Mustafa Shakir: I never imagined I could be Superman

From the screen, he scares the viewer with his very look. In reality, he is the epitome of the English phrase “easy going” and a comic book geek. I talk to Mustafa Shakir, star of the series “Luke Cage,” about the difficult art of playing a villain, growing up in Harlem, and his few uniquely original interests.

The actor playing the Bushmaster knows how to make a good entrance. Mustafa Shakir walks into a room full of journalists with a confident stride, wearing a T-shirt with Muhammad Ali’s likeness and the words “I know where I’m going and I know the truth. I don’t have to be what you want me to be. I have the freedom to be who I want to be.”

He sits down in the only vacant chair, puts his foot on his leg and announces: “I look forward to the questions.” The astonishment of those holding recorders in their hands lasts only a moment, as Shakir himself emerges from the role with a disarming smile. This smile does not disappear from his face throughout the interview.

Michał Ostasz, How did you get to the cast of “Luke Cage” series?

Mustafa ShakirI dreamt about the role of a superhero. I was literally on the verge of playing the main character in the Black Lightning series, but it didn’t work out. There even came a little depression, especially since I’m totally hooked on comics and even imagined myself as the new Blade.

– A little bit out of the blue, the opportunity to audition for the first season of “Luke Cage” came up. There was even a chance that I would be Cottonmouth (the opponent of the main character from the first series – ed.), but in the end the engagement was given to the excellent Mahershala Ali. Then I fought for the role of M’Baku in “Black Panther”. – You were in the cinema and you know how it ended. (laughs)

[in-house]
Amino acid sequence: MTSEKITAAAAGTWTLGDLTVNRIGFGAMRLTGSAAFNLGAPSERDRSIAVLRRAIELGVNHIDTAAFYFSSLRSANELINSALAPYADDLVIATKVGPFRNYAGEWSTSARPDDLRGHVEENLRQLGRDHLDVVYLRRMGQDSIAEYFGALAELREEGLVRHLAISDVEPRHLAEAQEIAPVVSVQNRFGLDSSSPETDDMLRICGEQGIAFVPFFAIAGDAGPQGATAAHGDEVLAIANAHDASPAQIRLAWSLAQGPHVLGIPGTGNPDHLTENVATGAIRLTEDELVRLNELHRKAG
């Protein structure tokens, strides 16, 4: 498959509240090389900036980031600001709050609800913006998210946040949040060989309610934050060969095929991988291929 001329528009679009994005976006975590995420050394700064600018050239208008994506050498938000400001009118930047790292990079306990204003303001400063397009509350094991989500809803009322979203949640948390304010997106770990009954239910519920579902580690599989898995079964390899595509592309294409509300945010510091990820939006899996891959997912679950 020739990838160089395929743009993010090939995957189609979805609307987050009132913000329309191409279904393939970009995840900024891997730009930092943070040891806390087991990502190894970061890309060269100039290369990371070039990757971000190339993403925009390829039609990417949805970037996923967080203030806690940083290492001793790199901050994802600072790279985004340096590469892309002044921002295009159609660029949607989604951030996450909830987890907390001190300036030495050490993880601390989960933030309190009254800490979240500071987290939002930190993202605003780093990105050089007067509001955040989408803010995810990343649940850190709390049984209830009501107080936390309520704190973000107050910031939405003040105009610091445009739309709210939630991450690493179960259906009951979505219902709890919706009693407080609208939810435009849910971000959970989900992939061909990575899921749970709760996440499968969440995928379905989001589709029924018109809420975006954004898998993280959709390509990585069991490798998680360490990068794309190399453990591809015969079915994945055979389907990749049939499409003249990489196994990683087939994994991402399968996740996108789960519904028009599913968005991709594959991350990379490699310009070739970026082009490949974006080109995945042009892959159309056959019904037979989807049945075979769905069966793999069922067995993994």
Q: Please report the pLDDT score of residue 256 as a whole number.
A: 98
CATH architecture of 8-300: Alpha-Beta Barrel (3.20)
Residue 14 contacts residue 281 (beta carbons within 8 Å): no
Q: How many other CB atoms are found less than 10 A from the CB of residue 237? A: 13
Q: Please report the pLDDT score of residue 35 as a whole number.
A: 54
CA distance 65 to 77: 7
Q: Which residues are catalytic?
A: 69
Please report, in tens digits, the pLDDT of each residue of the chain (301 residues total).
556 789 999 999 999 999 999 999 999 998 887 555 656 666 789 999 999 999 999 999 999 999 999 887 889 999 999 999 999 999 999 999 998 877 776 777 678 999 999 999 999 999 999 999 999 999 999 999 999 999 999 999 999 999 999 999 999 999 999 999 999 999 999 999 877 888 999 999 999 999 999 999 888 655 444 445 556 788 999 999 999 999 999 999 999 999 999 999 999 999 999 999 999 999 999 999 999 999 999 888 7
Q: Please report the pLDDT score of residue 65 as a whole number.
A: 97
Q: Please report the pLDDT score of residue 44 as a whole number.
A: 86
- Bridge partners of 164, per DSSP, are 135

– Castings are very difficult and it’s easy to give up. In the end, you give it your all and at the same time you’re aware that nothing may come of it. Often it drags on for months and you inevitably have to develop a tough skin. But the people at Netflix liked me enough to give me another chance.

And how did you react to the news that you would finally appear in a series “with powers”?

– I don’t think it came to me at first. (laughs) I was focused on doing my job well. It took me a while to realize that I was fulfilling my dreams! It’s a great feeling.

In the second season of “Luke Cage” you play the main character’s villain and nemesis. Black characters from Marvel movies until recently were considered poorly written characters. What did you do to make Bushmaster not count among them?

– No matter how I tried – with a poor script it would still be in vain. (Laughs) Fortunately, Bushmaster is very well written. He is more than just an angry villain, he is pure evil. In the series we see his human side. I tried to show the reasons why he is on the path of darkness. A good villain is one that the viewer subconsciously hates, but at the same time can understand.

What about physical preparation?